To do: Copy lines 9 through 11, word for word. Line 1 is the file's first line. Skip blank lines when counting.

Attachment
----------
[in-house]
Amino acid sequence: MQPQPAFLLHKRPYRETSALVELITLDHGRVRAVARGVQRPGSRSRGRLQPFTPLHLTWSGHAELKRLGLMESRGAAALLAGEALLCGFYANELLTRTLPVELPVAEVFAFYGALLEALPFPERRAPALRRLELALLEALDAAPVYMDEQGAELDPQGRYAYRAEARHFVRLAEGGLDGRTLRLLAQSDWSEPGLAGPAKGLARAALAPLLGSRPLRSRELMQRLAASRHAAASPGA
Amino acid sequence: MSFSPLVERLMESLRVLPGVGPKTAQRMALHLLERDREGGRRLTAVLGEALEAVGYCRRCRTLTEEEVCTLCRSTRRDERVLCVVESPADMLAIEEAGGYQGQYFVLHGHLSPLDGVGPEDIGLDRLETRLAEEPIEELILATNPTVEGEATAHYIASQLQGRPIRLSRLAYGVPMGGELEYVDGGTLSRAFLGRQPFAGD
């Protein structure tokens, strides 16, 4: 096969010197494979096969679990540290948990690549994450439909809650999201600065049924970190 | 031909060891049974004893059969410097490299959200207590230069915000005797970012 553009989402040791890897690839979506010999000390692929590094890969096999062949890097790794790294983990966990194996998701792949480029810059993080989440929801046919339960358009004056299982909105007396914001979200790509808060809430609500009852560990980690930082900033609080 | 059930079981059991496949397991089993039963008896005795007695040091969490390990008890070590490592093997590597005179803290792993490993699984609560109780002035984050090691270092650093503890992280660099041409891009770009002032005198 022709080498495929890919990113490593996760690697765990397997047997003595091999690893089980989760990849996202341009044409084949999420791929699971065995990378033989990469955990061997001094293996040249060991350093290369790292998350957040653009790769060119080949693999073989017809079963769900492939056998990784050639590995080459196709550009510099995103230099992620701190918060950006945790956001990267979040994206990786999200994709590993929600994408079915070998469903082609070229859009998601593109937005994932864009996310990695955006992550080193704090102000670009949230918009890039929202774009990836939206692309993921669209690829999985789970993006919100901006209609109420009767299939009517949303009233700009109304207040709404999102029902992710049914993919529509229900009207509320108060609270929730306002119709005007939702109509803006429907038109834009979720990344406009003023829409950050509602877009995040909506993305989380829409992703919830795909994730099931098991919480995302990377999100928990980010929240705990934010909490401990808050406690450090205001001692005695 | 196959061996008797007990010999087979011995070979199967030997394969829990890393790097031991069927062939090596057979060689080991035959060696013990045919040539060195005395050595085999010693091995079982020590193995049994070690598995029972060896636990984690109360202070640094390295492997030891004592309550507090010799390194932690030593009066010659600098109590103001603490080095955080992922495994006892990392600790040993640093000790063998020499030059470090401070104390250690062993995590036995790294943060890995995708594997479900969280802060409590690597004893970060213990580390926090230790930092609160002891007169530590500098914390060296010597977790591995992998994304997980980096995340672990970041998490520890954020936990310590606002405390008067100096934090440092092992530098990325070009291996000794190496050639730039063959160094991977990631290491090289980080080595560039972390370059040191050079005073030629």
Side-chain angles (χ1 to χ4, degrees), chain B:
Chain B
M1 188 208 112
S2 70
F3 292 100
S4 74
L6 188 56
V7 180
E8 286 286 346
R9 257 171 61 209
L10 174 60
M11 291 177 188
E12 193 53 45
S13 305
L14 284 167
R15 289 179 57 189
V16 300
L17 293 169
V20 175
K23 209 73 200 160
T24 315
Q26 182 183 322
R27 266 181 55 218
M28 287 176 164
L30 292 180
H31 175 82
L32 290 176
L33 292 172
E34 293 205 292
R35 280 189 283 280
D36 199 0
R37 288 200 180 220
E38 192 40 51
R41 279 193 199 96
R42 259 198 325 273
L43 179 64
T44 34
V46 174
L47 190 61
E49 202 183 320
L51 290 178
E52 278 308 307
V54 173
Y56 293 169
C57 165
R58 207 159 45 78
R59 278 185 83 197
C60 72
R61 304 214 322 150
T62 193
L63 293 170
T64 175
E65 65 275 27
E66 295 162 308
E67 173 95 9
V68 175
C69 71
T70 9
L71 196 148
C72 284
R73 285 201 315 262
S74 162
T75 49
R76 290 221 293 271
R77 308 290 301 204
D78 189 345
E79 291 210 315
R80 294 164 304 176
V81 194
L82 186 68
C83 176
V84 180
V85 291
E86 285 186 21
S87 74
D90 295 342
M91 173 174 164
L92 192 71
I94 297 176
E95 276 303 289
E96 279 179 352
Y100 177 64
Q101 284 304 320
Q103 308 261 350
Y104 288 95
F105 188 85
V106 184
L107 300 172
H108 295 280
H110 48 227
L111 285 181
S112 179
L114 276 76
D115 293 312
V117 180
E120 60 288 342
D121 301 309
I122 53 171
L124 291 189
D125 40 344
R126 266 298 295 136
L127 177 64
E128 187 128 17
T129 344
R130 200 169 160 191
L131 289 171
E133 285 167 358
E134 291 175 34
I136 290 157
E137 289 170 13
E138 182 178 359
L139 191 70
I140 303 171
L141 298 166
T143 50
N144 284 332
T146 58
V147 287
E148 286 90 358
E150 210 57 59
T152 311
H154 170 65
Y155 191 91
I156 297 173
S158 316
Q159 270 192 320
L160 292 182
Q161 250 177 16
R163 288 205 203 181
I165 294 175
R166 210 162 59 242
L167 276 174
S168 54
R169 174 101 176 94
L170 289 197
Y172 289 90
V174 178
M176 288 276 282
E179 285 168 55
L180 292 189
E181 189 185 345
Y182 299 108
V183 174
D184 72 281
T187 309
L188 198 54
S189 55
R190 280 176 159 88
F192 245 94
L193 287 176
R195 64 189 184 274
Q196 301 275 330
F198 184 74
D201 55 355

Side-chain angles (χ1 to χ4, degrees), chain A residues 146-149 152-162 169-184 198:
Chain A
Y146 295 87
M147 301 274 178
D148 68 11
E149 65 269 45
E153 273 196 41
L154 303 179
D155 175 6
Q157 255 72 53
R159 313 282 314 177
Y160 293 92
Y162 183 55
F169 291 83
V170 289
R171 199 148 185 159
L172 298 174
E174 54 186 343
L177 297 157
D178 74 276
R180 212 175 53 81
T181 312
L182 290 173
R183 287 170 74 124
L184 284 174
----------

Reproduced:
F3 292 100
S4 74
L6 188 56